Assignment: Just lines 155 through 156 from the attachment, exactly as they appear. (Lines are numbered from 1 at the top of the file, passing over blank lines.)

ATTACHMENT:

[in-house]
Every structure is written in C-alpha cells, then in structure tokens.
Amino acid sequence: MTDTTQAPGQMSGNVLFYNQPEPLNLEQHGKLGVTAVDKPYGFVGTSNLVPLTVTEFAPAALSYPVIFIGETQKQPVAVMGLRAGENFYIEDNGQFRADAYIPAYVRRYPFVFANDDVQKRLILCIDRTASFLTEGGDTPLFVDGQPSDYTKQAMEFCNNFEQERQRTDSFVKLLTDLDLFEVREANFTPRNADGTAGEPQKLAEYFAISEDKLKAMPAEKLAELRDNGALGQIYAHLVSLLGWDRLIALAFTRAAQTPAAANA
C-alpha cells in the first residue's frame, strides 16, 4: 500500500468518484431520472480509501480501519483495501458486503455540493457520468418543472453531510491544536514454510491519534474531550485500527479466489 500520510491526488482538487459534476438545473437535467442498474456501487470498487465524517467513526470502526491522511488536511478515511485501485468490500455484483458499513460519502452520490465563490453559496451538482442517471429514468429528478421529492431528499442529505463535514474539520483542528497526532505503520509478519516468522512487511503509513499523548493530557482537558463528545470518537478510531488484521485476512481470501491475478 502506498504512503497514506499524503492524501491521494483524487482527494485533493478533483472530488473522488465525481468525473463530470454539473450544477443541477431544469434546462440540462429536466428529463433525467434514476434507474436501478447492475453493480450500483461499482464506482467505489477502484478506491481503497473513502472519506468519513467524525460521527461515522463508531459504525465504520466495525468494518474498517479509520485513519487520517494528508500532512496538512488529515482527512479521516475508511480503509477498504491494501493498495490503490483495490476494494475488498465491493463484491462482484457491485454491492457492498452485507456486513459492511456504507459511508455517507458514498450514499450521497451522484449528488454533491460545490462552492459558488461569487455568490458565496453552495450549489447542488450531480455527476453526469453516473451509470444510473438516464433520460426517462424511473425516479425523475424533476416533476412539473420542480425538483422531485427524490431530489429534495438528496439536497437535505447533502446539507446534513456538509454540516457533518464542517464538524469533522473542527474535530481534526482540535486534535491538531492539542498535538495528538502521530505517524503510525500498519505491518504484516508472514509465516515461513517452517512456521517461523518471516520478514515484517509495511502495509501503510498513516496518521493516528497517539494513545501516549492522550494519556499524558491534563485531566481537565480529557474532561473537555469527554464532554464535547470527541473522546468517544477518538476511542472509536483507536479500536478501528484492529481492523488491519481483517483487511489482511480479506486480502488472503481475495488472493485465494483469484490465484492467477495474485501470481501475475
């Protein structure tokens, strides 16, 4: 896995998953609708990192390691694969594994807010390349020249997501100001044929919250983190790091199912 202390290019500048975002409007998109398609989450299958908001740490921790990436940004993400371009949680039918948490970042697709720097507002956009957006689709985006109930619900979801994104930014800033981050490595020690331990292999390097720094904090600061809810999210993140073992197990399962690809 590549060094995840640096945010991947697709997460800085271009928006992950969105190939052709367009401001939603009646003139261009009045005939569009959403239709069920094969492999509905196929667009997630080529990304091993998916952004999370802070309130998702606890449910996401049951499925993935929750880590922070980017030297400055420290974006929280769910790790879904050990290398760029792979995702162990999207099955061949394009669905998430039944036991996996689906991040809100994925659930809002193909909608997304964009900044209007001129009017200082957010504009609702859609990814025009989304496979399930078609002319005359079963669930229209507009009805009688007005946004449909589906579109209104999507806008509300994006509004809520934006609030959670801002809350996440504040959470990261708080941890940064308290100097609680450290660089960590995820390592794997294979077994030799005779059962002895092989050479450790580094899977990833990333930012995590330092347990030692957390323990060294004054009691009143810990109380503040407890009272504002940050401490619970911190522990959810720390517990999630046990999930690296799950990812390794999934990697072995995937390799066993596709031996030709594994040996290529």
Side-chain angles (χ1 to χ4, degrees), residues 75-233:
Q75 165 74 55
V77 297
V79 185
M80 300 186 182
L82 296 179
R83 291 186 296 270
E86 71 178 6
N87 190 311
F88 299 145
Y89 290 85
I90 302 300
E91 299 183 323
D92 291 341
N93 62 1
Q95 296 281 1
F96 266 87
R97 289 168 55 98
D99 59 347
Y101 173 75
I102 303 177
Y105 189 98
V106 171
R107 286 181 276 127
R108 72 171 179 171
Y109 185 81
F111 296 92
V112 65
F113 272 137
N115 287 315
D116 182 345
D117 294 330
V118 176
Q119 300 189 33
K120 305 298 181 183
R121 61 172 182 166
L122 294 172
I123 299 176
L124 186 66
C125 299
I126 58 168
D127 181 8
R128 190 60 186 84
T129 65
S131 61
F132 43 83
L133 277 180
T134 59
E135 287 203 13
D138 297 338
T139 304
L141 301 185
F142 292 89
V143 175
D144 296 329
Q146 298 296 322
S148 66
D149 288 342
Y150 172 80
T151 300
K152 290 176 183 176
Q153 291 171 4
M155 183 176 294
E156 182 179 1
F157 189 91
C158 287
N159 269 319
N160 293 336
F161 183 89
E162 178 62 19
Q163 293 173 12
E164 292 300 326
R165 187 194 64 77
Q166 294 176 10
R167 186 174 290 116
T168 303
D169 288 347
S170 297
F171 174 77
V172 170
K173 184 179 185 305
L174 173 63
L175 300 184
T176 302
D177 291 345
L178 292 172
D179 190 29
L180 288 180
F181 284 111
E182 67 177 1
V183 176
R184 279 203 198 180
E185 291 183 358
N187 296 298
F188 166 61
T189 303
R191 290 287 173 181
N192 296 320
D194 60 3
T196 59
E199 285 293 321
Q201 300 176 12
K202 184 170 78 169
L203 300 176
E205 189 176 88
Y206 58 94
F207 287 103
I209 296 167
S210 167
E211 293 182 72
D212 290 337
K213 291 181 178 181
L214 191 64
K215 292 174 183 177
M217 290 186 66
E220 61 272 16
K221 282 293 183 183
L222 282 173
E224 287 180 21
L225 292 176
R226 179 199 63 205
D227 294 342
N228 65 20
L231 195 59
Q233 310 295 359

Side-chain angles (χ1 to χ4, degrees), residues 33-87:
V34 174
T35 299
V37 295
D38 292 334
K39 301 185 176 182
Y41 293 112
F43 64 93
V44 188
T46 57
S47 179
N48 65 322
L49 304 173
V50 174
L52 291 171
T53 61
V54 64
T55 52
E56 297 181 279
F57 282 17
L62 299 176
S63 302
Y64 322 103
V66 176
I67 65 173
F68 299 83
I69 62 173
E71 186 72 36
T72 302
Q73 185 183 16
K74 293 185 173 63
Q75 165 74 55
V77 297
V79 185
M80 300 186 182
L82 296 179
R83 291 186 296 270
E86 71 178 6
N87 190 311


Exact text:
I67 65 173
F68 299 83